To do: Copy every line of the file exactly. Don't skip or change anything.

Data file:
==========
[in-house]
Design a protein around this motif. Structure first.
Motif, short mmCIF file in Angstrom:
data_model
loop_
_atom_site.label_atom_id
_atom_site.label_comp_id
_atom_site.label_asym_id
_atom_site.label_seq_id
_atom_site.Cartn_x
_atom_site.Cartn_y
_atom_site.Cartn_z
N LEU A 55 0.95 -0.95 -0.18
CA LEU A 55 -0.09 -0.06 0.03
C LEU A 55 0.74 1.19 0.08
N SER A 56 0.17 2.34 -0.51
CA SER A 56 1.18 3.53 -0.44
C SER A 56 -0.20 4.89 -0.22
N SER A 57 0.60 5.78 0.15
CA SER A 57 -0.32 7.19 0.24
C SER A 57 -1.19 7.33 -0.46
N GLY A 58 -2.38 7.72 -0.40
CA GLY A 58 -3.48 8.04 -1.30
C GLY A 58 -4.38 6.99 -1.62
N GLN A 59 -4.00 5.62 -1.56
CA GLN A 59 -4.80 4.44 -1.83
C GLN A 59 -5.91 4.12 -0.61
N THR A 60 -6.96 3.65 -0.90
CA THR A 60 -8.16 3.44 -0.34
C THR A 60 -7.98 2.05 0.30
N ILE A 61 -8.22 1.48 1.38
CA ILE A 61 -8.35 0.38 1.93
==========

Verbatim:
[in-house]
Design a protein around this motif. Structure first.
Motif, short mmCIF file in Angstrom:
data_model
loop_
_atom_site.label_atom_id
_atom_site.label_comp_id
_atom_site.label_asym_id
_atom_site.label_seq_id
_atom_site.Cartn_x
_atom_site.Cartn_y
_atom_site.Cartn_z
N LEU A 55 0.95 -0.95 -0.18
CA LEU A 55 -0.09 -0.06 0.03
C LEU A 55 0.74 1.19 0.08
N SER A 56 0.17 2.34 -0.51
CA SER A 56 1.18 3.53 -0.44
C SER A 56 -0.20 4.89 -0.22
N SER A 57 0.60 5.78 0.15
CA SER A 57 -0.32 7.19 0.24
C SER A 57 -1.19 7.33 -0.46
N GLY A 58 -2.38 7.72 -0.40
CA GLY A 58 -3.48 8.04 -1.30
C GLY A 58 -4.38 6.99 -1.62
N GLN A 59 -4.00 5.62 -1.56
CA GLN A 59 -4.80 4.44 -1.83
C GLN A 59 -5.91 4.12 -0.61
N THR A 60 -6.96 3.65 -0.90
CA THR A 60 -8.16 3.44 -0.34
C THR A 60 -7.98 2.05 0.30
N ILE A 61 -8.22 1.48 1.38
CA ILE A 61 -8.35 0.38 1.93